I did not marry a runner.
Yet somehow I am married to a runner.
A few months before Caleb's first birthday, Tim ran his first marathon. I don't remember exactly what prompted it, but I know my sister filled out his registration and paid his race fee. She wanted someone to run with her and she was smart enough not to ask me.
Eight months later he ran his second marathon. Around the same time, he had this idea that I should run one too.
I am not a runner.
Once upon a time I was a gymnast (not any good) and I had just about the shortest vault run of anyone on our team. I hated running that much. I used to be one of those kids who ran the annual mile in gym class and then was sent home because I couldn't breathe.
Life happened for awhile. Kenna died, we moved, had some funny business with Tim's job, and the house fire and thenanother move. Tim stopped running for several years. He would occasionally head out for a short run, but didn't get serious again until earlier this fall.
He ran the Utah Race for Hunger 5K on Thanksgiving morning at 8:00 AM when it was 10 degrees outside. He said his sweat was freezing to his facial hair for most of the race.
We declined to watch.
Somehow though, this freezing cold run gave me the idea that maybe I could put on a pair of running shoes. Maybe I could start running and not stop until 5 kilometers later. Maybe I could try running occasionally.
But I would not be a runner.
It took until early January for me to actually tie my thrift store tennis shoes onto my feet and climb onto a treadmill. For those first few weeks I painfully walk-ran a mile or maybe two. I ran first for 2 minutes at a time and then 4 minutes and then 10. I was slow, but I was getting better.
In February I ran outside for the first time and almost quit right there. The changing hills, passing cars, and sometimes uneven sidewalks slowed me down more than I could ever imagine. In some ways, it felt like starting all over again.
In March, Tim brought up the idea of a 5K again. I promised to think about it and by April I had agreed.
By the end of April I ran 5 consecutive kilometers for the first time and decided maybe I wasn't ready. I was so slow it took me in the neighborhood of 48 minutes to finish 5 kilometers. I'm sure I could have walked it faster. I had a small meltdown and swore that I needed a new brand of fitness.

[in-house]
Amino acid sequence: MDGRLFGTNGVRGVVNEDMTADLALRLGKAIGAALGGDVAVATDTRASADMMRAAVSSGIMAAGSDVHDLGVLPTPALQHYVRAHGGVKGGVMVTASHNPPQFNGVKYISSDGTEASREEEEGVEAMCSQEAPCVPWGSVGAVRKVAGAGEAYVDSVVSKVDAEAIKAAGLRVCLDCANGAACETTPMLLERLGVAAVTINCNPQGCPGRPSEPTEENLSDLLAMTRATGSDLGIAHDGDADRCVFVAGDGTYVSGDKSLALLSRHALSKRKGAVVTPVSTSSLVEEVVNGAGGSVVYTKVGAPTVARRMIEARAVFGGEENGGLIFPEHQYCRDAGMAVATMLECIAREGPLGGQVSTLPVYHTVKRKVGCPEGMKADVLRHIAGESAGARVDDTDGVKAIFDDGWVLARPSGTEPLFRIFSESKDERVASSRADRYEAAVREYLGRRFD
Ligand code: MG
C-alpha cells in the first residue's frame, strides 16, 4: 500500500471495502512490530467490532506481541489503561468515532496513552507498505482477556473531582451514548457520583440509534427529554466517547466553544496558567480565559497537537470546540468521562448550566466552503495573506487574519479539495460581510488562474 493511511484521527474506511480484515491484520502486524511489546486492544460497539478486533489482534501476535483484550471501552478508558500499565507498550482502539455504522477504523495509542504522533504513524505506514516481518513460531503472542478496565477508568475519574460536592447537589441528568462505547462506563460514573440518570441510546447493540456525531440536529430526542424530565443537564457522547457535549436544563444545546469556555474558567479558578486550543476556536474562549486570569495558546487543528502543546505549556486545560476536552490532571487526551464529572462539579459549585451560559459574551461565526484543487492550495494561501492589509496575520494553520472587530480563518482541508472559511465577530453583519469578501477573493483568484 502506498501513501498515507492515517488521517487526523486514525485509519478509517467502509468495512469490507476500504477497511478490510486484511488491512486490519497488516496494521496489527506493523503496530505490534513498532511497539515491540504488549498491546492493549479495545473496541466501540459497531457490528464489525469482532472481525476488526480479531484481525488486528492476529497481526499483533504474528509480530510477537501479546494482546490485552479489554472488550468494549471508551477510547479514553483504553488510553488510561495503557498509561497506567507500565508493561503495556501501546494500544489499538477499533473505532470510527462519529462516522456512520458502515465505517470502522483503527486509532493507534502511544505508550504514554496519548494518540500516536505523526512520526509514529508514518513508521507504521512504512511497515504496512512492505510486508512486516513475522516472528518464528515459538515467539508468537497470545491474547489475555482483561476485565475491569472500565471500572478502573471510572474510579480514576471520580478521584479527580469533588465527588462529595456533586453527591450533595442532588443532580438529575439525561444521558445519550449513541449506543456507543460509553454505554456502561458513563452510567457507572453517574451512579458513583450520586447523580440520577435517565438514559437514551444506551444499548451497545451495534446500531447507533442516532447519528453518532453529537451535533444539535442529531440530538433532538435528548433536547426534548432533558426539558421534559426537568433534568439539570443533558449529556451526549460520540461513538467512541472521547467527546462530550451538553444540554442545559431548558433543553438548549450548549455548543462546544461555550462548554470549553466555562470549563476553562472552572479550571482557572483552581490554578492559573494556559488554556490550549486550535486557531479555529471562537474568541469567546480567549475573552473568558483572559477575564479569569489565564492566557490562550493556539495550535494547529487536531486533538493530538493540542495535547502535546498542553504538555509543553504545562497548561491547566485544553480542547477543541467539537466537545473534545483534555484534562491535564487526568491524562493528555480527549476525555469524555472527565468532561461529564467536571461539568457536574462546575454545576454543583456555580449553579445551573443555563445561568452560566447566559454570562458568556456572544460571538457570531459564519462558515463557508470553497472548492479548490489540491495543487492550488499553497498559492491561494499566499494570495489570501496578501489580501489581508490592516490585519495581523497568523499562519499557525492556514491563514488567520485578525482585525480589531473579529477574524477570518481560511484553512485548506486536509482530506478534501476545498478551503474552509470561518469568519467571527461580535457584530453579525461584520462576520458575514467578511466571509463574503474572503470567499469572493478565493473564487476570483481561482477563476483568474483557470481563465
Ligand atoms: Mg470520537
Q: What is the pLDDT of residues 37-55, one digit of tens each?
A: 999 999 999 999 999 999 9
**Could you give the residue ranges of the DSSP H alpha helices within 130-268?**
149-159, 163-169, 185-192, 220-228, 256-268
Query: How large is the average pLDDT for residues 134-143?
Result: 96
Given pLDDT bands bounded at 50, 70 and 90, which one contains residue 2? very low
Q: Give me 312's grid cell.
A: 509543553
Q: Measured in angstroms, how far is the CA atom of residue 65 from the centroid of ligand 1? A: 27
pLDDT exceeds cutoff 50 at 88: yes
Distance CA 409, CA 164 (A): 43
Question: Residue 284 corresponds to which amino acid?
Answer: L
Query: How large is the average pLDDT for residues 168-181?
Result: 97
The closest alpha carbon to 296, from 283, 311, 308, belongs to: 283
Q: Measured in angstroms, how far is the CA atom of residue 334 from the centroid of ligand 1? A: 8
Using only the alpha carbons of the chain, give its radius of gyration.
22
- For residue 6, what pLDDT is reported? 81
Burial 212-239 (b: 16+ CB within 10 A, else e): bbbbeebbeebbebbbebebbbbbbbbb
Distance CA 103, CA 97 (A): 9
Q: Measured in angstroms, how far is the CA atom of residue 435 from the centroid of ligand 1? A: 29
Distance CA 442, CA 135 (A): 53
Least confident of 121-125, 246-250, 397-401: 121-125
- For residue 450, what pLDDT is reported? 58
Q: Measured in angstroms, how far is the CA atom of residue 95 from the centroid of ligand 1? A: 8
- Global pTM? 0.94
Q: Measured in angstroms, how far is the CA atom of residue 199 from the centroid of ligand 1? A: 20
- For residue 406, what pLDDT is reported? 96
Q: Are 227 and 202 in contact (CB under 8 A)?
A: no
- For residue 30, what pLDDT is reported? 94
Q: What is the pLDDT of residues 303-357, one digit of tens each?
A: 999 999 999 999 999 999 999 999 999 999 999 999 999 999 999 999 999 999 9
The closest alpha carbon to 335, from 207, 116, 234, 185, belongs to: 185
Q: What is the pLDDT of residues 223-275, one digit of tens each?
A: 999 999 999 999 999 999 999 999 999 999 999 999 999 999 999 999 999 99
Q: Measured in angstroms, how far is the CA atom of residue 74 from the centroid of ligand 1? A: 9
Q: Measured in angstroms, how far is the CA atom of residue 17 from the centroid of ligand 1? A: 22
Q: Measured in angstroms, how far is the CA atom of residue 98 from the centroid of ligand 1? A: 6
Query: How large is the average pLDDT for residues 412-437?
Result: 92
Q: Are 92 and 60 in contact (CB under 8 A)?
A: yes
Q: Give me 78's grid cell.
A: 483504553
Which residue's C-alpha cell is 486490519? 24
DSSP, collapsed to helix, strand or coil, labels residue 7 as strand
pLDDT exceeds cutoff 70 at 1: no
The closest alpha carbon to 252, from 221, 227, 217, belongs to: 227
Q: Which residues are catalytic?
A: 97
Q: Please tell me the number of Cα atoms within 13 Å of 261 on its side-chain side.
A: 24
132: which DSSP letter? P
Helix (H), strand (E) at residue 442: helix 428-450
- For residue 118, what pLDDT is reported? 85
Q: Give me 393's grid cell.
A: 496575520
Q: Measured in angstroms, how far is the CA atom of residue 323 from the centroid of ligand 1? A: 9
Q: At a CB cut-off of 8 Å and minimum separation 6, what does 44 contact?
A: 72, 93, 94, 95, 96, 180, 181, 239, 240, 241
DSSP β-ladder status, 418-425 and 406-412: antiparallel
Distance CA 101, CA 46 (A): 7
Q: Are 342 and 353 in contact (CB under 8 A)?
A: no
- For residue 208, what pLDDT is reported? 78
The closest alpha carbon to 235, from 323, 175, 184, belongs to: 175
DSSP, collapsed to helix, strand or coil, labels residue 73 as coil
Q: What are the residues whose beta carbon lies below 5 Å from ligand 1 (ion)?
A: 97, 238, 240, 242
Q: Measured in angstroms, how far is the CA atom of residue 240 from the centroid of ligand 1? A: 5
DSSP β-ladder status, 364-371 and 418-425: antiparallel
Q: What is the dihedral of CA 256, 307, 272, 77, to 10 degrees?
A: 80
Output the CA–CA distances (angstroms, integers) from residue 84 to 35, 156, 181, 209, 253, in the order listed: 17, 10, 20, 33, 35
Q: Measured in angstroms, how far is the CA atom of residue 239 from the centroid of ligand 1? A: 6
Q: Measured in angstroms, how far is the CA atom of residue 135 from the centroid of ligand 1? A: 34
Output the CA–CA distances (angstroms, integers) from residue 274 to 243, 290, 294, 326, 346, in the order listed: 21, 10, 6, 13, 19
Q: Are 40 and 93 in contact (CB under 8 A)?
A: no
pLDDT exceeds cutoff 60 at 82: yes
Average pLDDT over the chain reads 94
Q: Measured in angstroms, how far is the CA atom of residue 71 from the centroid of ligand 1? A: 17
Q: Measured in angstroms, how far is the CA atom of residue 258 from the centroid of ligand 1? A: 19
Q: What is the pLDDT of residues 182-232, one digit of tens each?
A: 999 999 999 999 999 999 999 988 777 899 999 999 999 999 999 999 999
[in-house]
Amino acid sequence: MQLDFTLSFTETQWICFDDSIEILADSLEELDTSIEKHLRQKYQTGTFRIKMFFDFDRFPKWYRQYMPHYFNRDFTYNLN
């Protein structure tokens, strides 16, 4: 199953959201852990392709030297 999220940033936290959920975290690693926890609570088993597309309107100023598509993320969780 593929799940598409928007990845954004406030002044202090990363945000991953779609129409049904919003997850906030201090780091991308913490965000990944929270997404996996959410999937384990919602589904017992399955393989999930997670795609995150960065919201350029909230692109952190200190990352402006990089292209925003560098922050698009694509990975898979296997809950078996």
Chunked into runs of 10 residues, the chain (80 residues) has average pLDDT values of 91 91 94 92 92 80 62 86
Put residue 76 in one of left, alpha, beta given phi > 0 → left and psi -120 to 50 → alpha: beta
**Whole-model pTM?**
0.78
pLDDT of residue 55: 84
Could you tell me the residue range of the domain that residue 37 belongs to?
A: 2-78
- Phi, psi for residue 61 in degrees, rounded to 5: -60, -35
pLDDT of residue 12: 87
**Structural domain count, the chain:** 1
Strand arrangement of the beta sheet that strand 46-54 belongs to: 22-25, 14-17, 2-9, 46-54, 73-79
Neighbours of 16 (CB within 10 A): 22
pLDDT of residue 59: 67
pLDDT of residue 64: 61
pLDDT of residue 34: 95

I refused to run for a week.
May and Mother's Day brought me a new pair of running shoes and a new resolve as well. Three mile runs became 5 mile runs and 15 minute mile paces because 12 minute mile paces. One mile became doable in 10 minutes instead of 12 or 13. 48 minutes became 38 minutes.
I still wouldn't call myself a runner, but I agreed to run a 5K.
Up until the shotgun start rang out on that humid Saturday morning in June, I was not sure I could do it. I was convinced that somehow my first steps would expose me for what I was- a pretend, wannabe runner.
Then 36 minutes and 8 seconds later I was suddenly no longer pretend. I wasn't the fastest runner in the group, but I wasn't the slowest either. In any case, I was proud of what I accomplished in taking another 40 seconds off of my previous best time on race day. I felt both justified in spending the money for my registration and worthy of wearing the t-shirt that came with my race packet.
Tim once told me that he knows he is in a running groove when his feet start moving and find comfort in the rhythm of the road. When he settles in and can block out the rest of the world for just him and his running shoes. When continuing to run becomes a matter of will, not a battle of the body. I'm not there yet, but I understand what he means. When it feels good to run- even when it is hard.
Shortly after the 5K was finished, Aidan and his friend Ashleigh ran in the Youth 1/2 mile race. Watching his nervous excitement and seeing his smiles at the end reminded me that becoming a runner for most people has less to do with the clock and more to do with the inner battles to take the first step.
I am not a runner yet.
But I am thinking about becoming one.